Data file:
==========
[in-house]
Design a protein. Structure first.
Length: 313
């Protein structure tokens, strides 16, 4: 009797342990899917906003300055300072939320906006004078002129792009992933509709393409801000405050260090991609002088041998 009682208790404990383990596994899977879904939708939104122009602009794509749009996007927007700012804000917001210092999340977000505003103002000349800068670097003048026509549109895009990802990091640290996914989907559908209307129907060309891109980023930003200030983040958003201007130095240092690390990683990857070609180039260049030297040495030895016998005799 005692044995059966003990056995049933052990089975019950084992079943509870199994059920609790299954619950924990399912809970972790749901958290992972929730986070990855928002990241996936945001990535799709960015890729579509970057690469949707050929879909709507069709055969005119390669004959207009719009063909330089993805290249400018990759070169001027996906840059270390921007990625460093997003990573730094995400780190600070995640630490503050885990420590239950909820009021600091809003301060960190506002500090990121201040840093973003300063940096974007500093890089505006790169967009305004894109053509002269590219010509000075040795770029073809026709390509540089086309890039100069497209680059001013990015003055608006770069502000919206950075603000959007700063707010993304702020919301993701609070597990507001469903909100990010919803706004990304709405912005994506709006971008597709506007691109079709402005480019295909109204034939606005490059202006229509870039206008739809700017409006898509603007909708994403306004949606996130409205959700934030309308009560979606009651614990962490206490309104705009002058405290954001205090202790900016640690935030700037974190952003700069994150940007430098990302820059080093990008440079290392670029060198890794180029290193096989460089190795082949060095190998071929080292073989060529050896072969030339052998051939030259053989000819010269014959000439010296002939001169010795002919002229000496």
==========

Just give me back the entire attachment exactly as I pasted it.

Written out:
[in-house]
Design a protein. Structure first.
Length: 313
């Protein structure tokens, strides 16, 4: 009797342990899917906003300055300072939320906006004078002129792009992933509709393409801000405050260090991609002088041998 009682208790404990383990596994899977879904939708939104122009602009794509749009996007927007700012804000917001210092999340977000505003103002000349800068670097003048026509549109895009990802990091640290996914989907559908209307129907060309891109980023930003200030983040958003201007130095240092690390990683990857070609180039260049030297040495030895016998005799 005692044995059966003990056995049933052990089975019950084992079943509870199994059920609790299954619950924990399912809970972790749901958290992972929730986070990855928002990241996936945001990535799709960015890729579509970057690469949707050929879909709507069709055969005119390669004959207009719009063909330089993805290249400018990759070169001027996906840059270390921007990625460093997003990573730094995400780190600070995640630490503050885990420590239950909820009021600091809003301060960190506002500090990121201040840093973003300063940096974007500093890089505006790169967009305004894109053509002269590219010509000075040795770029073809026709390509540089086309890039100069497209680059001013990015003055608006770069502000919206950075603000959007700063707010993304702020919301993701609070597990507001469903909100990010919803706004990304709405912005994506709006971008597709506007691109079709402005480019295909109204034939606005490059202006229509870039206008739809700017409006898509603007909708994403306004949606996130409205959700934030309308009560979606009651614990962490206490309104705009002058405290954001205090202790900016640690935030700037974190952003700069994150940007430098990302820059080093990008440079290392670029060198890794180029290193096989460089190795082949060095190998071929080292073989060529050896072969030339052998051939030259053989000819010269014959000439010296002939001169010795002919002229000496």